So it’s Paris all over again. And as one unnamed American official said of Netanyahu that he “spat in our face publicly,” it may be even worse.
Cambridge, Massachusetts
Look, then quote
Sir, – Martin Indyk weighed in with his predictably negative opinion of Prime Minister Benjamin Netanyahu’s decision to accept the invitation to speak at a joint session of Congress (“Netanyahu: I’ll go wherever I’m invited to defend Israel against Iran’s nuclear plans,” January 26). But his opinion should not be taken at face value.
Your reporter neglected to mention that Indyk has been for some time the vice president and director of foreign policy studies at the Brookings Institution, which, according to an excellent New York Times investigative report, received $14 million dollars from Qatar, making it the think tank’s largest donor.
Indyk’s problematic role as envoy of the United States to Israel during the early stages of Operation Protective Edge last summer put him in an untenable conflict of interest, since Qatar is also widely accepted to be Hamas’s main financial backer.
Look before you quote. Context is everything.
Opposing view
Sir – I fully understand the policy of The Jerusalem Post of printing opposing opinions. But I question the choice of publishing Birte Brodkorb’s opinion (“If Palestine joins the ICC, then what?” Comment & Features, January 26), even as a balance to that of Alan Dershowitz, whose “The case against the International Criminal Court investigating Israel” appeared on the same page.
True, Dershowitz and Brodkorb are both lawyers with experience in criminal justice. But there the similarity in their qualifications seems to end. Brodkorb’s stance is based on her opinion, not facts.
Her article, which is based on her hatred for Israel, is filled with lies, untruths and accusations.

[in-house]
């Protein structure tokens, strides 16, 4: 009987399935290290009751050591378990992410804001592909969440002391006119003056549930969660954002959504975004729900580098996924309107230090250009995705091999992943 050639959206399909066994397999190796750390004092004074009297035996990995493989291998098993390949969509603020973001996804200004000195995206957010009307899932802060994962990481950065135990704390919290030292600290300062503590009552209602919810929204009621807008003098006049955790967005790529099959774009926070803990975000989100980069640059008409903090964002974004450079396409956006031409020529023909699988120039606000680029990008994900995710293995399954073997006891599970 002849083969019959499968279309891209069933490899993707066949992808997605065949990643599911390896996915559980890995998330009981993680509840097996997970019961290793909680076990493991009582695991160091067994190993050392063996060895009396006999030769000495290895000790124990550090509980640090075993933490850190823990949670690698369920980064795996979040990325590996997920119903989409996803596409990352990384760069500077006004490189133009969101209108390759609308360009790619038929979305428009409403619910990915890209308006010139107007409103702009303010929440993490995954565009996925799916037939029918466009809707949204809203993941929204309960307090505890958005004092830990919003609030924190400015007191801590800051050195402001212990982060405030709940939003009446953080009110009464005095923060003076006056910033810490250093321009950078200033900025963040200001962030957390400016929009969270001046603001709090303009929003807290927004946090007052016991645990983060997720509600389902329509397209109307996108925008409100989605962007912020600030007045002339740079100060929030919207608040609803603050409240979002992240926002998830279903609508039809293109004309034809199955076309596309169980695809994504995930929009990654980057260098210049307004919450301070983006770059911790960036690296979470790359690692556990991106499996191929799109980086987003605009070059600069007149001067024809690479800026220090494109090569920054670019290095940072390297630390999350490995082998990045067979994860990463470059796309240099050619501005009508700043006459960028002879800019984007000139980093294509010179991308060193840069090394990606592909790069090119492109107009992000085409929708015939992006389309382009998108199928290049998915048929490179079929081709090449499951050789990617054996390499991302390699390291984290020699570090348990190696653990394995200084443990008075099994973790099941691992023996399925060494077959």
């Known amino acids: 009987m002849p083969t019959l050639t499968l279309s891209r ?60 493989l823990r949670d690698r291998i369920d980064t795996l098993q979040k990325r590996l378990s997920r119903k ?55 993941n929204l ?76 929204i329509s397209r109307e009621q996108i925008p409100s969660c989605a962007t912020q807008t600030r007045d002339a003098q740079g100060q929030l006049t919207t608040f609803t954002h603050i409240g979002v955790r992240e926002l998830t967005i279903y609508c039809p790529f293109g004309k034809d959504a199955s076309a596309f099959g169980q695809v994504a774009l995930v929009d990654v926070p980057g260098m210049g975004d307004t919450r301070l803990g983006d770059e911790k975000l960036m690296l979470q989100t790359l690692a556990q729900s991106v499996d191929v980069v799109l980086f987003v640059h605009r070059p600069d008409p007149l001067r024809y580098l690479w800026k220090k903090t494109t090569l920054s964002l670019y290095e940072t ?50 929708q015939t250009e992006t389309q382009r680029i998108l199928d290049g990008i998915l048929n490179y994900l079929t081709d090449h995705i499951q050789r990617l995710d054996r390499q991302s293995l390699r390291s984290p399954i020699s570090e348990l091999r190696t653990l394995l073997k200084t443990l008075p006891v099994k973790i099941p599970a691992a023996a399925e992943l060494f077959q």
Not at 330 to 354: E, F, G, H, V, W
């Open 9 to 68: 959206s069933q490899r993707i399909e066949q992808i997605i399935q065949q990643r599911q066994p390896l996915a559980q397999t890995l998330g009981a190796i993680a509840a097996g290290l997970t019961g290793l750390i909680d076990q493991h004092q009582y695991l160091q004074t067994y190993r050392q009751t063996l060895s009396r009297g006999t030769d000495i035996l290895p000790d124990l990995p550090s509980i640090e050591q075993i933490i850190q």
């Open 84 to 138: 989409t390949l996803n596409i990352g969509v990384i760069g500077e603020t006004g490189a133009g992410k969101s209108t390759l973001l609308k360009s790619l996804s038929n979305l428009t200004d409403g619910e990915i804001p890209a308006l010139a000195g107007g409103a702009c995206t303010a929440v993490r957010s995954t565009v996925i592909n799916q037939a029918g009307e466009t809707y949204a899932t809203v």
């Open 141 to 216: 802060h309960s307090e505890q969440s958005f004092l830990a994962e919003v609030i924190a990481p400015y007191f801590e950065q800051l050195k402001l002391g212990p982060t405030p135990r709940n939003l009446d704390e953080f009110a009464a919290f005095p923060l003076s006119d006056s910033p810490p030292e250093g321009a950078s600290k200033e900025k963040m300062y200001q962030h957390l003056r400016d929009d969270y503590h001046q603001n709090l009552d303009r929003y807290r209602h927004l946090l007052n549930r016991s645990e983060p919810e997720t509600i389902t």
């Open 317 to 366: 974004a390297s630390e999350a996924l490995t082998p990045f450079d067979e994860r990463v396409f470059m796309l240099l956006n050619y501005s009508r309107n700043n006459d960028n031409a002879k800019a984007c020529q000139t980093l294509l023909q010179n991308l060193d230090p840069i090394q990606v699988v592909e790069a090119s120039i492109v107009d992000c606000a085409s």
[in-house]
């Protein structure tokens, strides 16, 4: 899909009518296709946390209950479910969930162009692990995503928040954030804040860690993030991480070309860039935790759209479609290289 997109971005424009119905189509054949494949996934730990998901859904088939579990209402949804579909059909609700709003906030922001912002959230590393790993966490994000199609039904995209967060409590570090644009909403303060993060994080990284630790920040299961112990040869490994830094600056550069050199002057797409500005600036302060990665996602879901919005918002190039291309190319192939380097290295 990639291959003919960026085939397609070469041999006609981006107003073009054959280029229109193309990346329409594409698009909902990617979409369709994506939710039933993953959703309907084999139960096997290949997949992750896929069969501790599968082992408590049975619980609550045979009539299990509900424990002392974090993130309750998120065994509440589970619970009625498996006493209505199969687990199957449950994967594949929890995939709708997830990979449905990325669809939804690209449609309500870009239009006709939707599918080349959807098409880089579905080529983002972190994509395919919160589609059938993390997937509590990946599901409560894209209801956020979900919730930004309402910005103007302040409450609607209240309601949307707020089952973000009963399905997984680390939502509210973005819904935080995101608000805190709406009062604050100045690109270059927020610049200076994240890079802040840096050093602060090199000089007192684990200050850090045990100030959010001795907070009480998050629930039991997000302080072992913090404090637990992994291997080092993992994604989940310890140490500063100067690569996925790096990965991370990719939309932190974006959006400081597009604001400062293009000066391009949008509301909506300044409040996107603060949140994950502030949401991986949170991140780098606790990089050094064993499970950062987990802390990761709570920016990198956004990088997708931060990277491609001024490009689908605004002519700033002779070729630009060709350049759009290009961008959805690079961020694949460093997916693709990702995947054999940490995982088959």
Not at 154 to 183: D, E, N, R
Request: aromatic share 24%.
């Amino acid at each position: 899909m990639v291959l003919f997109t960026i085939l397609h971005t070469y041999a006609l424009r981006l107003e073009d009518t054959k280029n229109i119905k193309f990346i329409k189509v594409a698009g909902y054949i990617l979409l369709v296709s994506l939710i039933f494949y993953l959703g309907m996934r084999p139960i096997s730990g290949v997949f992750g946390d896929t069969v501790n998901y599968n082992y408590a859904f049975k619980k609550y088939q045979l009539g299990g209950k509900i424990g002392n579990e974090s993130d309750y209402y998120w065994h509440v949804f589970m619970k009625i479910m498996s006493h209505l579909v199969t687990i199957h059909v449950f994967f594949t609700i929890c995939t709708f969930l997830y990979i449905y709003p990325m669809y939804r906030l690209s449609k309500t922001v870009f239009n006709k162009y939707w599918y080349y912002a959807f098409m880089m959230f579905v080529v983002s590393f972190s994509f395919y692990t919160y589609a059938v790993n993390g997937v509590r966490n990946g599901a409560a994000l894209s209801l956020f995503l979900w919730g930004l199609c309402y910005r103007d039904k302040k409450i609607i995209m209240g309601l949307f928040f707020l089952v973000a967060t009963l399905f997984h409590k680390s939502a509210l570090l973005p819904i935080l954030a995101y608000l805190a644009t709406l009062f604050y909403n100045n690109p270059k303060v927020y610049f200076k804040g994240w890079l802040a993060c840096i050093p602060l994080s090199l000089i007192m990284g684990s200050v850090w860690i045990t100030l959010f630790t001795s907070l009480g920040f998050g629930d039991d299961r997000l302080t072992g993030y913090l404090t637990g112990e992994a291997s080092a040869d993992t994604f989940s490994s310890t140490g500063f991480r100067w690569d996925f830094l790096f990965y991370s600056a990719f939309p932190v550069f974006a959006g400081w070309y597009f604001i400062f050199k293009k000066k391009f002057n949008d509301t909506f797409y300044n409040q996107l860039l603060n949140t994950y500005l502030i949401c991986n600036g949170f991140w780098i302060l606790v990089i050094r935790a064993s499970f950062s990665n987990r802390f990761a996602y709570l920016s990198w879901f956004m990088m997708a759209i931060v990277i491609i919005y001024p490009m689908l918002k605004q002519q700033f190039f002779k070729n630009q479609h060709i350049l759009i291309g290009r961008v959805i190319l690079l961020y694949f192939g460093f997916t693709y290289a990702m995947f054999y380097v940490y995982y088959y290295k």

She writes that “when criminal acts are state practice, such as the construction of settlements or the targeting of civilians, it is unlikely that Israel or the PA will hold open judicial proceedings.” What an interesting statement! She doesn’t list any “criminal acts” committed by the Palestinians.
She lists the construction of settlements (which may not be nice, but is not illegal). She lists “targeting of civilians,” which is an outright lie. She claims that Israel is “unlikely” to open judicial proceedings,” which it routinely does. The only thing in that statement that has been proven true is that the Palestinian Authority is unlikely to do so.
Her concluding remark is the most ridiculous of all. “Although it is uncertain whether the step to join the ICC will lead to peace, it is certainly a peaceful step.” So the Palestinians are the ones promoting peace while Israel is committing war crimes! Shame on you, Ms. Brodkorb, for writing this, and shame on you, Jerusalem Post, for dignifying it.
Sir, – At first glance, the piece by Birte Brodkorb appears to be evenhanded. She even tries to curry favor by referring to the Israeli and American view that the ICC lacks impartiality. However, she shows exactly why Israel is concerned about impartiality when throughout she refers to the “occupied territories,” and to “Palestine” as though it is already a state.
If the piece had been written by a journalist, such comments could have been understood as pandering to a misguided world view. But it was written by someone who holds German and British law degrees and is pursuing a PhD in international criminal law – presumably, with a desire to appear before the ICC.
Maybe this shows why Israel’s distrust of international law is justified.
You’ve been warned
Sir, – In response to Shmuley Boteach’s “Why wives put on weight” (No Holds Barred, January 27), may I quote a wellknown saying: Women who carry a little extra weight live longer than husbands who mention it.